Six on Saturday – W27/2019 – Free bromeliads and garden arch

The unseasonable rain continued throughout the week, interspersed with short-lived patches of sun. On Thursday we had strong winds, the result of a very large high off the southern coast of Australia. And the rain continued! Yet, despite the rather soggy conditions, it has been an eventful week in the garden! Here are my six for the week:

  1. Free Bromeliads!

Friends were having a winter tidy-up blitz in their garden and removed a number of very large bromeliads – some a metre and a half in diameter! These particular bromeliads can grow in full sun. I rescued 8! They are so large however that I could only fit 4 plants into the front garden, so gave away the remaining 4 to friends. The specimen shown below has been planted out in one of the new garden beds that I’m creating in the front garden.

Aechemea blanchetiana

2. What is that??

This amazing fungus is a stinkhorn. Flies are attracted to the spore slime (brown) and aid in the dispersal of this species. This specimen was growing in the mulch in the front garden bed. Isn’t it unusual?

Aseroe rubra

3. My new acquisition

I have been waiting patiently for a garden arch, so when we saw this one advertised for sale, we immediately drove down to have a look at it! SOLD!! There is a little bit of rust at the top, but otherwise it is in a fairly good condition. It will be cemented in its new location, and one of the two bare-rooted climbing roses I bought and potted up will be planted next to it. I have not planted a climbing rose before, so I’m looking forward to the coming growing season to see how it fairs. The new garden bed just behind the arch is still being planted out with spring flowering annuals. There is a lot of work to be done in the front garden, and I’m hoping that I will be able to complete most of the basic ‘construction’ work before spring (September).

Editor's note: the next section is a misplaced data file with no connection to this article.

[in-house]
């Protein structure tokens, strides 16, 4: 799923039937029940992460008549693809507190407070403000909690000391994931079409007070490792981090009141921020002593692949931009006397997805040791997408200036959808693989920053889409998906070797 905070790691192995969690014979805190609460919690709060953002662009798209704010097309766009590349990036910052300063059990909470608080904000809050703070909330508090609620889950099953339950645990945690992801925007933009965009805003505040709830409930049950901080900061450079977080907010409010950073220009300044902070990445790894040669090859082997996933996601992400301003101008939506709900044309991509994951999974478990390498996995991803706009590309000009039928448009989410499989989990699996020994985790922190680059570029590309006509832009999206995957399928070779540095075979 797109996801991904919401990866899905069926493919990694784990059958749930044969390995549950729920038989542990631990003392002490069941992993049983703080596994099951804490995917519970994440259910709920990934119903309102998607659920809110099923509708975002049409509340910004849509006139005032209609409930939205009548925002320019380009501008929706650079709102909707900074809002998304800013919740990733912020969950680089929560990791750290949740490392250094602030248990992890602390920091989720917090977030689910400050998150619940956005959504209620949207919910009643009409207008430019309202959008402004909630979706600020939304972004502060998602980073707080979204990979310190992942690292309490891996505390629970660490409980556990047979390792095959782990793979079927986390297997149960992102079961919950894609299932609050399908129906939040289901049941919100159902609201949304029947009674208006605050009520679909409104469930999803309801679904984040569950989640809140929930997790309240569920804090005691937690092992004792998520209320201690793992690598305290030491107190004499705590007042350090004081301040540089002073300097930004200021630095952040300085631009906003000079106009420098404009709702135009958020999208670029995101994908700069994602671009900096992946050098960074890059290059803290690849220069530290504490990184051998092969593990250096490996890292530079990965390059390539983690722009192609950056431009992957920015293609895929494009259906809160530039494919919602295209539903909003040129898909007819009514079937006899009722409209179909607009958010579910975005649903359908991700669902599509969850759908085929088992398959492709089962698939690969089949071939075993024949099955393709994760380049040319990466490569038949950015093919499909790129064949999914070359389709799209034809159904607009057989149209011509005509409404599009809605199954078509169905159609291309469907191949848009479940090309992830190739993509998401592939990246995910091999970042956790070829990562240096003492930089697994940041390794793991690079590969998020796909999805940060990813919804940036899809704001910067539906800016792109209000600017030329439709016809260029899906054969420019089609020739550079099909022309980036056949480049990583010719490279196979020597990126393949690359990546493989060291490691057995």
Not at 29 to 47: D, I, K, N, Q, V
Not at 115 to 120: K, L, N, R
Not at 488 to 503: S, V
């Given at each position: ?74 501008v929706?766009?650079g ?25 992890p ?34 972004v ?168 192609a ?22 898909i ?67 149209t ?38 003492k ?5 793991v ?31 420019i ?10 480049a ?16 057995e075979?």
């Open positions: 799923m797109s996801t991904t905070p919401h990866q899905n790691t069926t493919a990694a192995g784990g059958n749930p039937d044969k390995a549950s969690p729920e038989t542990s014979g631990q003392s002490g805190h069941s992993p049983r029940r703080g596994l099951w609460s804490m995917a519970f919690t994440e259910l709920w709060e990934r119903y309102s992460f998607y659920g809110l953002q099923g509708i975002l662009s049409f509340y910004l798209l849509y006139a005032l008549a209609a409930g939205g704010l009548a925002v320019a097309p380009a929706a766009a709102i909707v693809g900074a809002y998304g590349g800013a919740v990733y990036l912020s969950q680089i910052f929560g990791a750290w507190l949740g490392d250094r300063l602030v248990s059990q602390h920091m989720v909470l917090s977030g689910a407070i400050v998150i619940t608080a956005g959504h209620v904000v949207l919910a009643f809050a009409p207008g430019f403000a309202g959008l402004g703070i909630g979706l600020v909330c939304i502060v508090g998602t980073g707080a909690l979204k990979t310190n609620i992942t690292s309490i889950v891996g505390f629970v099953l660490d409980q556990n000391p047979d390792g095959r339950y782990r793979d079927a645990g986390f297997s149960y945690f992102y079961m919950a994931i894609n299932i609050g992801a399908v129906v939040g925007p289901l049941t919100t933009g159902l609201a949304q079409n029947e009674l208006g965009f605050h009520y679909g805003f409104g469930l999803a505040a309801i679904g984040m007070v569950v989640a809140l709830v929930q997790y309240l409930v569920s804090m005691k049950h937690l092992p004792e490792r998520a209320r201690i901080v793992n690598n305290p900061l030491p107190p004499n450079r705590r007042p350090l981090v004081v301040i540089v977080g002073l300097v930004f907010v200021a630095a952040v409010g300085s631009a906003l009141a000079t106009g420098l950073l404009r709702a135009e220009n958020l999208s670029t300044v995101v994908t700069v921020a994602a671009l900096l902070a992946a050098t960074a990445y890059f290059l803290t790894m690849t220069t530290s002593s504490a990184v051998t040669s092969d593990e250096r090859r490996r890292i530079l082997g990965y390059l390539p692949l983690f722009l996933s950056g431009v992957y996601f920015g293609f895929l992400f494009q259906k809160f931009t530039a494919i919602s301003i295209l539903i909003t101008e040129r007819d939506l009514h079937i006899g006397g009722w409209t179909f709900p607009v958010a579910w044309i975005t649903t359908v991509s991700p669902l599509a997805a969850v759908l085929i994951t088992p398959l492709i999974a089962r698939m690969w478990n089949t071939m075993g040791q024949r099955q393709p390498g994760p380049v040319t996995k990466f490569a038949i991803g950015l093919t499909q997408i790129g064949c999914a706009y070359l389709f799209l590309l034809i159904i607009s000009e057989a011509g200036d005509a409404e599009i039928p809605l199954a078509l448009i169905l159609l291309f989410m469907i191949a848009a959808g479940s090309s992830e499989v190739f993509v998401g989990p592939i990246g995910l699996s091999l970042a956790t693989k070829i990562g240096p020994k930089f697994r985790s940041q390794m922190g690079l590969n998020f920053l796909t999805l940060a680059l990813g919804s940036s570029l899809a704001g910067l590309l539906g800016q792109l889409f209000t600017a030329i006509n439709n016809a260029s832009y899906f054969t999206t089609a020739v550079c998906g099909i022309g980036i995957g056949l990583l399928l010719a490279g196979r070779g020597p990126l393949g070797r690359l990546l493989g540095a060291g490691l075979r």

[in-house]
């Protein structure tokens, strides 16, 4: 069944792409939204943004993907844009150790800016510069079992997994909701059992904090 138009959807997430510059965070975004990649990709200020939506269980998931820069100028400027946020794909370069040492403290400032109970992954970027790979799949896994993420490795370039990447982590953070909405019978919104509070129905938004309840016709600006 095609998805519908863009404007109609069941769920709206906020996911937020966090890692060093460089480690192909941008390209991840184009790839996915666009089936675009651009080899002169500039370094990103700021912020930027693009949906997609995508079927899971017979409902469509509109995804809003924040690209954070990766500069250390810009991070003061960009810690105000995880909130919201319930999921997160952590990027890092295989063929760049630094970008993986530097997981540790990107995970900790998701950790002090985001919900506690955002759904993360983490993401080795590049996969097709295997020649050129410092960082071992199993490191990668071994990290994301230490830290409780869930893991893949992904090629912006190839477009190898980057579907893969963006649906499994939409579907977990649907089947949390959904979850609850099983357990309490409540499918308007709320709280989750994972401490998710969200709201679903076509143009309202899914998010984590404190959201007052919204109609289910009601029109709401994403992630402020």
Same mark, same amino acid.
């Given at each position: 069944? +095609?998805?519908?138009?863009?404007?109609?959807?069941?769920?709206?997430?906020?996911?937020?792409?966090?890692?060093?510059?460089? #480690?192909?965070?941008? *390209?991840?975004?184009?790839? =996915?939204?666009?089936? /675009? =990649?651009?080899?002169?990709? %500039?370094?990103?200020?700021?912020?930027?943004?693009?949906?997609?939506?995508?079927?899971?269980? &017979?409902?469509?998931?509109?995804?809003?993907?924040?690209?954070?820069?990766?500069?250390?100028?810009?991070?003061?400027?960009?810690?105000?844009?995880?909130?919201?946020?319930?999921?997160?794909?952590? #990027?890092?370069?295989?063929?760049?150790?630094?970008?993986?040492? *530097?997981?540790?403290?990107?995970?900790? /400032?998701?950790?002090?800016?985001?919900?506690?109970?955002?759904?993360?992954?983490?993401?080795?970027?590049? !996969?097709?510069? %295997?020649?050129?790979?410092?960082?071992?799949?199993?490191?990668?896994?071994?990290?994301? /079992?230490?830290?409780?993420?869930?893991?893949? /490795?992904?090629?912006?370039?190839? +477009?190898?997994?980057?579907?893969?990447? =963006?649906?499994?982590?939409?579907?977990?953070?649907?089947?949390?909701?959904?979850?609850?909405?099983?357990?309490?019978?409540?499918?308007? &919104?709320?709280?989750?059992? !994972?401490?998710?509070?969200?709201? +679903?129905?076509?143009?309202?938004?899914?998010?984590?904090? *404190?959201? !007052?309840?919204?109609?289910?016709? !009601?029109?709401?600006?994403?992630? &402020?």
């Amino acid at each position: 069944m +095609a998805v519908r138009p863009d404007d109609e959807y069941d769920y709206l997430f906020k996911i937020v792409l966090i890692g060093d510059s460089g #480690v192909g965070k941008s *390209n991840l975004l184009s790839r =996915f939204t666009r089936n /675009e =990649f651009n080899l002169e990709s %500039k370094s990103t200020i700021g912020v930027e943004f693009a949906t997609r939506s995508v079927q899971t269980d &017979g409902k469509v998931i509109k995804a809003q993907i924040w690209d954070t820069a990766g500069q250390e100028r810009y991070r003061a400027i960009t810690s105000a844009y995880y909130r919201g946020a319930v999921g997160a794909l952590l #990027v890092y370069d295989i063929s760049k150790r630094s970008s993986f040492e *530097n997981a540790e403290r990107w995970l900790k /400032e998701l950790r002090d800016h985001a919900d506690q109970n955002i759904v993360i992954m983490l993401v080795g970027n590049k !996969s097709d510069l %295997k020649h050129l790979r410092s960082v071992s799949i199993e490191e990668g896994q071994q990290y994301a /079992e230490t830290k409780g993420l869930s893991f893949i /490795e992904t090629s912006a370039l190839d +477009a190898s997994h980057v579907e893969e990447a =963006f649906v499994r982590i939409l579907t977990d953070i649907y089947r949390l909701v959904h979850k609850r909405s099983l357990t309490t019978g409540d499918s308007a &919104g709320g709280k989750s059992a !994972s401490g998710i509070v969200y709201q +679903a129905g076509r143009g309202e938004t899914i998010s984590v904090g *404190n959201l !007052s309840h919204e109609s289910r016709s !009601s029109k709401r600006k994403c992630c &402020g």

4. Jammy mouth

This little bush grows at the top corner of my garden. I had no idea what it was, and was considering removing it when it suddenly burst into flower! The flowers attract birds, butterflies and bees, so it is definitely staying in the garden.

Ruttya fruticosa

5. Iboza riparia now called Tetradenia riparia

I have loved this shrub ever since I first saw in the 1980’s in its native environment. One of the common names for this plant is ‘misty plume bush’, and that describes it perfectly! My plant is only a year old, but is growing very well and producing its amazing flowers in the garden now.

6. What’s that hiding in the Brunfelsia?

Litoria oblongburensis Wallum Sedgefrog

They say that the presence of frogs in a garden is a good indicator of a healthy environment, so I was very excited when I spotted this tiny frog sitting on a leaf of my Yesterday, Today and Tomorrow bush! We do not use any poisons in the garden, and have hoping that more frogs will start moving into our garden now that I’m planting more shrubs and trying to create safe refuges for lizards, frogs and water dragons that are endemic to the area.

This little frog is only about an inch long (2.5cm). This is the first time I have seen this type of tree frog, so I rushed off to get my camera and managed to get this single photo of it just before it leapt away out of sight into another bush.

Well that’s my Six on Saturday for this week!

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  1. I always enjoy your posts because it makes me feel so worldly seeing your garden and plants from so far away! I would have jumped at the arch trellis too!

    • I can’t wait to put it in its permanent position and start the roses climbing up it! As soon as it starts drying out here I will be back in the garden again!

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